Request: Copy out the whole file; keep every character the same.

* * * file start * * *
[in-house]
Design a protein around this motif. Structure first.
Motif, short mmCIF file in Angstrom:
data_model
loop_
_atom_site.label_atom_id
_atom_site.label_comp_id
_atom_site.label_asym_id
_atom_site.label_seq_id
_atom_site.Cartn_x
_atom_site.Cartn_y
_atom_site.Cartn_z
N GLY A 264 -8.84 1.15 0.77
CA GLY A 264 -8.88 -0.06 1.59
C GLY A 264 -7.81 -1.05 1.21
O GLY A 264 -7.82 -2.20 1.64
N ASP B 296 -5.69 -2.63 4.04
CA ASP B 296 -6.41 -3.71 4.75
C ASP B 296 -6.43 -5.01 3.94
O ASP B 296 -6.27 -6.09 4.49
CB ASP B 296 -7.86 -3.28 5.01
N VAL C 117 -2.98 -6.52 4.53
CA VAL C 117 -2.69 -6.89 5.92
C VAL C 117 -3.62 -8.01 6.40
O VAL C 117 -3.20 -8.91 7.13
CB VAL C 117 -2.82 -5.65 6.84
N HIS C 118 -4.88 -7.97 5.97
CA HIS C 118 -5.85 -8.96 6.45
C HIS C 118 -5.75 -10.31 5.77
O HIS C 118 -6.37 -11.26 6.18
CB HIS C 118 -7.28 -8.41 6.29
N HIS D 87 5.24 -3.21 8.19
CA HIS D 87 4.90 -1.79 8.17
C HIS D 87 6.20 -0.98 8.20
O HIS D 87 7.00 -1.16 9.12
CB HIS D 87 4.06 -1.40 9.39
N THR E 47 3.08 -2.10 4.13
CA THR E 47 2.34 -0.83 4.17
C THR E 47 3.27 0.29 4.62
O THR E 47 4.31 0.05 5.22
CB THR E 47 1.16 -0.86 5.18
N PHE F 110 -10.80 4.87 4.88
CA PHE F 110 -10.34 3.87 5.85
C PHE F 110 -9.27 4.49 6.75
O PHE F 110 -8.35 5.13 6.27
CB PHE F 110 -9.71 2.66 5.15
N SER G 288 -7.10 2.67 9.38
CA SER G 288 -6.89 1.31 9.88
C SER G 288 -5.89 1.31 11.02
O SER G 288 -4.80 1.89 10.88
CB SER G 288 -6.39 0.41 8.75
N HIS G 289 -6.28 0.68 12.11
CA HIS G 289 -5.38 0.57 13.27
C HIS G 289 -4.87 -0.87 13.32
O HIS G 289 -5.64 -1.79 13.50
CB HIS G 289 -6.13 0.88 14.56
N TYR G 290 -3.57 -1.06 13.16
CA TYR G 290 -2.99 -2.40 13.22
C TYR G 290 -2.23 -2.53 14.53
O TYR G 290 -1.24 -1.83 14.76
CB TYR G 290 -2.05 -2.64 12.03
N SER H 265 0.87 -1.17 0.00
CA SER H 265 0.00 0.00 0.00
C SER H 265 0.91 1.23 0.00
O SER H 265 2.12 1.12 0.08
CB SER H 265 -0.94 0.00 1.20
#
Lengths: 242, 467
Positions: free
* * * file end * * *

[in-house]
Design a protein around this motif. Structure first.
Motif, short mmCIF file in Angstrom:
data_model
loop_
_atom_site.label_atom_id
_atom_site.label_comp_id
_atom_site.label_asym_id
_atom_site.label_seq_id
_atom_site.Cartn_x
_atom_site.Cartn_y
_atom_site.Cartn_z
N GLY A 264 -8.84 1.15 0.77
CA GLY A 264 -8.88 -0.06 1.59
C GLY A 264 -7.81 -1.05 1.21
O GLY A 264 -7.82 -2.20 1.64
N ASP B 296 -5.69 -2.63 4.04
CA ASP B 296 -6.41 -3.71 4.75
C ASP B 296 -6.43 -5.01 3.94
O ASP B 296 -6.27 -6.09 4.49
CB ASP B 296 -7.86 -3.28 5.01
N VAL C 117 -2.98 -6.52 4.53
CA VAL C 117 -2.69 -6.89 5.92
C VAL C 117 -3.62 -8.01 6.40
O VAL C 117 -3.20 -8.91 7.13
CB VAL C 117 -2.82 -5.65 6.84
N HIS C 118 -4.88 -7.97 5.97
CA HIS C 118 -5.85 -8.96 6.45
C HIS C 118 -5.75 -10.31 5.77
O HIS C 118 -6.37 -11.26 6.18
CB HIS C 118 -7.28 -8.41 6.29
N HIS D 87 5.24 -3.21 8.19
CA HIS D 87 4.90 -1.79 8.17
C HIS D 87 6.20 -0.98 8.20
O HIS D 87 7.00 -1.16 9.12
CB HIS D 87 4.06 -1.40 9.39
N THR E 47 3.08 -2.10 4.13
CA THR E 47 2.34 -0.83 4.17
C THR E 47 3.27 0.29 4.62
O THR E 47 4.31 0.05 5.22
CB THR E 47 1.16 -0.86 5.18
N PHE F 110 -10.80 4.87 4.88
CA PHE F 110 -10.34 3.87 5.85
C PHE F 110 -9.27 4.49 6.75
O PHE F 110 -8.35 5.13 6.27
CB PHE F 110 -9.71 2.66 5.15
N SER G 288 -7.10 2.67 9.38
CA SER G 288 -6.89 1.31 9.88
C SER G 288 -5.89 1.31 11.02
O SER G 288 -4.80 1.89 10.88
CB SER G 288 -6.39 0.41 8.75
N HIS G 289 -6.28 0.68 12.11
CA HIS G 289 -5.38 0.57 13.27
C HIS G 289 -4.87 -0.87 13.32
O HIS G 289 -5.64 -1.79 13.50
CB HIS G 289 -6.13 0.88 14.56
N TYR G 290 -3.57 -1.06 13.16
CA TYR G 290 -2.99 -2.40 13.22
C TYR G 290 -2.23 -2.53 14.53
O TYR G 290 -1.24 -1.83 14.76
CB TYR G 290 -2.05 -2.64 12.03
N SER H 265 0.87 -1.17 0.00
CA SER H 265 0.00 0.00 0.00
C SER H 265 0.91 1.23 0.00
O SER H 265 2.12 1.12 0.08
CB SER H 265 -0.94 0.00 1.20
#
Lengths: 242, 467
Positions: free